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John B. Turner

The pattern of development in photography in New Zealand was similar to other colonies in the Victorian era. Progress was slow because of the country’s geographical remoteness and small population. Difficulties of overseas supply and local demand—the very traffic of equipment, materials, ideas, and pictures—have shaped all levels of achievement. Pioneer photographers were participant-observers in the process of nation building who could not but see the world according to the values of their upbringing. For instance, after the wars over land ceased in the 1880s, defeated Maori were imagined as a dying race and their culture was studied with fresh urgency. Maori subjects were common among photographers; the treatments ranging from nostalgic romanticism to abject realism....

Article

Australian painter, printmaker and photographer of French descent. He studied painting at Cambridge House in Hobart, where he won the prize for drawing in 1849. Between 1850 and 1872 he worked as a draughtsman for the Tasmanian Survey Office, receiving additional instruction in art from ...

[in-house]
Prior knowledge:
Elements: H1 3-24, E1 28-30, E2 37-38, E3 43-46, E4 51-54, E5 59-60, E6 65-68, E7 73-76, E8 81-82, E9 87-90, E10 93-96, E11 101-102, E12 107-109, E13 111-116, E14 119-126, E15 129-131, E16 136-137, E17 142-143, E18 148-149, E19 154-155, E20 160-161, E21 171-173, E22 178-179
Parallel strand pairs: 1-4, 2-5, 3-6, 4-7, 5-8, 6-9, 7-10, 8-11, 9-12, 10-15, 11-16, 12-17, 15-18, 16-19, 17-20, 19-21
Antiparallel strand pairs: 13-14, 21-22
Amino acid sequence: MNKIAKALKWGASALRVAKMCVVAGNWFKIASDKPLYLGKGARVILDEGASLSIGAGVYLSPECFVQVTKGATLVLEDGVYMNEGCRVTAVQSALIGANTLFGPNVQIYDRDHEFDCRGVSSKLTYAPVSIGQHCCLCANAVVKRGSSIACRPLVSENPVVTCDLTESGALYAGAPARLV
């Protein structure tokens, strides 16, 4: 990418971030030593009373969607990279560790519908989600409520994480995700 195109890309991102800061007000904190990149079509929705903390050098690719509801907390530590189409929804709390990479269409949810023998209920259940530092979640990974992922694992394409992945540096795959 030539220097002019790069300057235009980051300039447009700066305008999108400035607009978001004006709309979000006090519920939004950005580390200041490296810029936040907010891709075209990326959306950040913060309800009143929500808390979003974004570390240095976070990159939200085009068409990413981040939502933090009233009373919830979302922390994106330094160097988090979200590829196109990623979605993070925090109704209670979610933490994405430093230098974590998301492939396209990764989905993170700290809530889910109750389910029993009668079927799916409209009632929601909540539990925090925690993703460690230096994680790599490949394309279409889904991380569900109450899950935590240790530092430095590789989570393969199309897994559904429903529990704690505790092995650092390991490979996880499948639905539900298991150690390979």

Article

Janda Gooding

Australian painter, printmaker and curator, who worked mostly in Western Australia. While working in the photographic trade, Pitt Morison studied part time (1881–9) at the National Gallery School in Melbourne. He formed a friendship with the artist Tom Humphrey (1858–1922) and soon after he became associated with, and exhibited with, a group that included Tom Roberts and Arthur Streeton. The group, later known as the Heidelberg school, painted ...